You might need to install a fair bit of stuff,
sudo apt-get install unixodbc unixodbc-dev tdsodbc freetds-dev freetds-bin -y
There’s a neat trick you can do to automatically configure FreeTDS on you Ubuntu machine (discussion here: https://gist.github.com/rduplain/1293636)
sudo dpkg-reconfigure tdsodbc
This will write data to
/etc/odbcinst.ini for you. This file configures which drivers FreeTDS will use. You could write this by hand, but this operation reduces the risk for error.
I was trying to access a remote server using
pyodbc and I was providing a connection string like,
conn = pyodbc.connection('DSN=<dsn>;UID=john.doe;PWD=<password>')
For some reason, I wasn’t able to connect at all. It turns out that I needed to put a space after
UID… it’s weird, but it worked. Maybe this is because there was a dot in my UID? I’m not sure. You can also set the UID and PWD in
/etc/obcd.ini, but that’s probably not ideal.
If you’re stuck, you can list the connections on a given host with this,
tsql -H <host> -L
You’ll probably need to install tsql, which I think is located in the
freetds-bin package listed above.
I keep forgetting how to do this:
brew install imagemagick
convert out/*.png out.pdf
Vagrant is a tool that you can use to set up, configure, and access a VM through the command line. This is a life changer. I love it. In this post I’ll walk through setting up an OEL6 virtual machine, installing a non-ancient version of Python, and configuring the port forwarding so that you can use it for backend web development. (The port forwarding is not obvious on RHEL/OEL.)
I use cURL quite a bit when debugging APIs and I found this neat trick for pretty-printing JSON output. Add the following line to your
alias json="python -m json.tool"
Then you can pipe your cURL output through your new
json tool and print everything nicely,
curl -g http://some.domain/api/call | json
When a node application crashes unexpectedly, you might get a
EADDRINUSE, Address already in use error when you try to restart it. This means that the port you’re using is already being used by the crashed application. What you need to do is fun the PID of that process, and then kill it. There’s more than one way to skin that cat, but I like to use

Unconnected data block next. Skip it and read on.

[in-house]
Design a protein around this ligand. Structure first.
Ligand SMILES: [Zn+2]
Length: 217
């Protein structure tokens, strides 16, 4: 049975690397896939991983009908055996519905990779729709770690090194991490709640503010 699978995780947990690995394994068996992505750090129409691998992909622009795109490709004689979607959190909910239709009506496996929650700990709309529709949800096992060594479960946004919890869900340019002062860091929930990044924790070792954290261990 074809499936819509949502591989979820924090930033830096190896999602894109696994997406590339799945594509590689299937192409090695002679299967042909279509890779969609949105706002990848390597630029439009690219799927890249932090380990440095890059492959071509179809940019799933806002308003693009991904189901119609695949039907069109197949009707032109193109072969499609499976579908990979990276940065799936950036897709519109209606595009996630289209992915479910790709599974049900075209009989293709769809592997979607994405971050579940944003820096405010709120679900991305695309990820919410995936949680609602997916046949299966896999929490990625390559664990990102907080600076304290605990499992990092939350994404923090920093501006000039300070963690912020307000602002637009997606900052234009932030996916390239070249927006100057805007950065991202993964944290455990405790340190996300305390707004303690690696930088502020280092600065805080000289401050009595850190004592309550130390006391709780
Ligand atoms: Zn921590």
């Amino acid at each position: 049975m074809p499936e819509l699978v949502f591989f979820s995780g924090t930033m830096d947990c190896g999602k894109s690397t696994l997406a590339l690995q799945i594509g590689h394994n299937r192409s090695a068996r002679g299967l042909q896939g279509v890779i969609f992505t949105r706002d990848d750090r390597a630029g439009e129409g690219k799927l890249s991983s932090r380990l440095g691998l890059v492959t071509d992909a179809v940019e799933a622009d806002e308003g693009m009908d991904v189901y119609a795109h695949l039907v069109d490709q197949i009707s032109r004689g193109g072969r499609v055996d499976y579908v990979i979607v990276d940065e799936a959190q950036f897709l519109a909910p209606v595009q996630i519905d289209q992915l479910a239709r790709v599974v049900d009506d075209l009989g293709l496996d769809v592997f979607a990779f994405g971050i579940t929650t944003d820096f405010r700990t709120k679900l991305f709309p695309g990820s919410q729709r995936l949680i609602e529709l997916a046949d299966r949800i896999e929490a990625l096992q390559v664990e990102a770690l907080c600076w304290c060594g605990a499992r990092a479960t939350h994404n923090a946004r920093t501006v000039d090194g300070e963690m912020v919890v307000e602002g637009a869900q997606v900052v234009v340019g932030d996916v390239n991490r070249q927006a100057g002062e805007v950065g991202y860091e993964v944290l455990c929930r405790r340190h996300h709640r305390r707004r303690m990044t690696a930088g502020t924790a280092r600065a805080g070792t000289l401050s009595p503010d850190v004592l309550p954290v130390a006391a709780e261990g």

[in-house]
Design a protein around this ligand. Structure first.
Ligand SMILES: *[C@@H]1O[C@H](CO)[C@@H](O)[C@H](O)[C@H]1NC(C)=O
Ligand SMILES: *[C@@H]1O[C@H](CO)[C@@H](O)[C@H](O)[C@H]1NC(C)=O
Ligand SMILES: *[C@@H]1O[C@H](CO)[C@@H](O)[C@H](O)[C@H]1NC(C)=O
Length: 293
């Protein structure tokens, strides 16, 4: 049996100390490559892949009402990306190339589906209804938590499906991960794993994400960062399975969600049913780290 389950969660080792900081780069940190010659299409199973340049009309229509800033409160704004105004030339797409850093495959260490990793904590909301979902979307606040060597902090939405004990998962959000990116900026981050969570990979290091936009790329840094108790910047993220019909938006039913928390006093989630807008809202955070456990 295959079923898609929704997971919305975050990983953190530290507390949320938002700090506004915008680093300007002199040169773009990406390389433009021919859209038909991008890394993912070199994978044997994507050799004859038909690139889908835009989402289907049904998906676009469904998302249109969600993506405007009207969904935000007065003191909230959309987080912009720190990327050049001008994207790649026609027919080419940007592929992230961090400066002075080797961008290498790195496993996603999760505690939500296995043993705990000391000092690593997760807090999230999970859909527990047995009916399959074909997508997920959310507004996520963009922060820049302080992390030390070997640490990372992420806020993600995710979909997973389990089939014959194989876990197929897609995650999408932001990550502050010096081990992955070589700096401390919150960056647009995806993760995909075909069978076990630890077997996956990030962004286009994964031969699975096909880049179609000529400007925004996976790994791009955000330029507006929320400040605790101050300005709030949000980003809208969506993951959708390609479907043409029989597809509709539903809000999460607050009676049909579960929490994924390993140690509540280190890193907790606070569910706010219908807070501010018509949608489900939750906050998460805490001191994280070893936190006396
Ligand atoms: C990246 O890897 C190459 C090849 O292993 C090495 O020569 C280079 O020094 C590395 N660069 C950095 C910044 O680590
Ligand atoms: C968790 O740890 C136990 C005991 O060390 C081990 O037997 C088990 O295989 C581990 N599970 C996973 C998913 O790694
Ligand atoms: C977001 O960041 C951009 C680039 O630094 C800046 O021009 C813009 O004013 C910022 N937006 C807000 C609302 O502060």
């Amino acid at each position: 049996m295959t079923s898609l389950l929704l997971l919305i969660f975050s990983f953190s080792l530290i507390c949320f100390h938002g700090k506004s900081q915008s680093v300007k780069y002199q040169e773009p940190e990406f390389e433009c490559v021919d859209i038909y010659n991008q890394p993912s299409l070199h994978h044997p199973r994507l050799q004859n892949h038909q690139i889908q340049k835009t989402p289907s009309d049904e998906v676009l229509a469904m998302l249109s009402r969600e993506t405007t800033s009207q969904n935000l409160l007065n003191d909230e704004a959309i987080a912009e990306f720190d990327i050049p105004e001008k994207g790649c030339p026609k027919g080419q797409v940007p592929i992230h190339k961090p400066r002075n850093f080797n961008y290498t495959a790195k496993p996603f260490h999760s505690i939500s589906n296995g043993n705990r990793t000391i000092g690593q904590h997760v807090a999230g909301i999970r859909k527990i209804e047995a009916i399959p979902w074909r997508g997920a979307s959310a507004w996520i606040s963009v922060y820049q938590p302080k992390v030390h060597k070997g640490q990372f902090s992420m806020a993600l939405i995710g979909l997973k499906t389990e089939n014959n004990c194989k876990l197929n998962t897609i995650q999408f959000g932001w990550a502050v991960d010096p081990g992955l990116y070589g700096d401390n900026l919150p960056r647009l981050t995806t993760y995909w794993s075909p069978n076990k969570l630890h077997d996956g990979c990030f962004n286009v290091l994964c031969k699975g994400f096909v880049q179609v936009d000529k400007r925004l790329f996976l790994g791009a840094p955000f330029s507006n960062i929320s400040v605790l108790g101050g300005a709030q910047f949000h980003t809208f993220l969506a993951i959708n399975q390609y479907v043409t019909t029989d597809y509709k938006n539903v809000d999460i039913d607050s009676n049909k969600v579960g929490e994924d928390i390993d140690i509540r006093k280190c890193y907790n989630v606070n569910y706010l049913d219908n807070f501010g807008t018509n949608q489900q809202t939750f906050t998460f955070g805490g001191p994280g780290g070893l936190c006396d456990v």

netstat. N.B. You’ll need to run this as
sudo for it to work.
I found this great tutorial on
tmux by Daniel Miessler that was designed to take you from “wtf tmux” to “omg tmux” with extreme haste. I’m reproducing parts of that blog post here because I find myself googling it at least three times a day. (Because it’s that useful.) Briefly,
tmux is a utility that allows you to connect to a remote server, start a job, and then log off without quitting your job. When you log back in from another location, you can access that job again through
screen utility also does this, but not as well. For instance, if you have a really long username, then you might not be able to start screen, because edge cases.
For whatever reason, you might find yourself in an environment that has Python 2.6, but pip for Python 2.4 or 2.7. Where do you find pip for Python 2.6? Well, that’s not to hard. Go to https://bootstrap.pypa.io/get-pip.py and run the following:
sudo python2.6 get-pip.py
Then you can install Python 2.6 modules with pip by saying,
sudo pip2.6 install awesome-sauce
This post is sort of an amalgamation of solutions I’ve found on several blogs, tutorials, and SO posts I’ve used regarding SSH keys. I cover key generation and authentication, removing passwords from keys, and identifying the key finger print.
Today I Googled something like “julia lang compiled” for the umpteenth time in several months, and then I remembered that Nimrod existed, except it’s Nim these days, and it might make it to version 1.0 any week now. I decided to look around a bit, and I discovered that the documentation seems to have improved, and the language has gotten more fleshed out. I decided to try two small things I’ve been doing a lot of lately, SSH-ing and HTTP-getting and posting, and see what they look like in Nim.
Sometimes you download something and install it from source, and then you realize you need to uninstall it for whatever reason. First you need
cd into the installation directroy, re-install with the
--record option, and then use
xargs to remove everything .
python setup.py install --record files.txt
cat files.txt | xargs rm -rf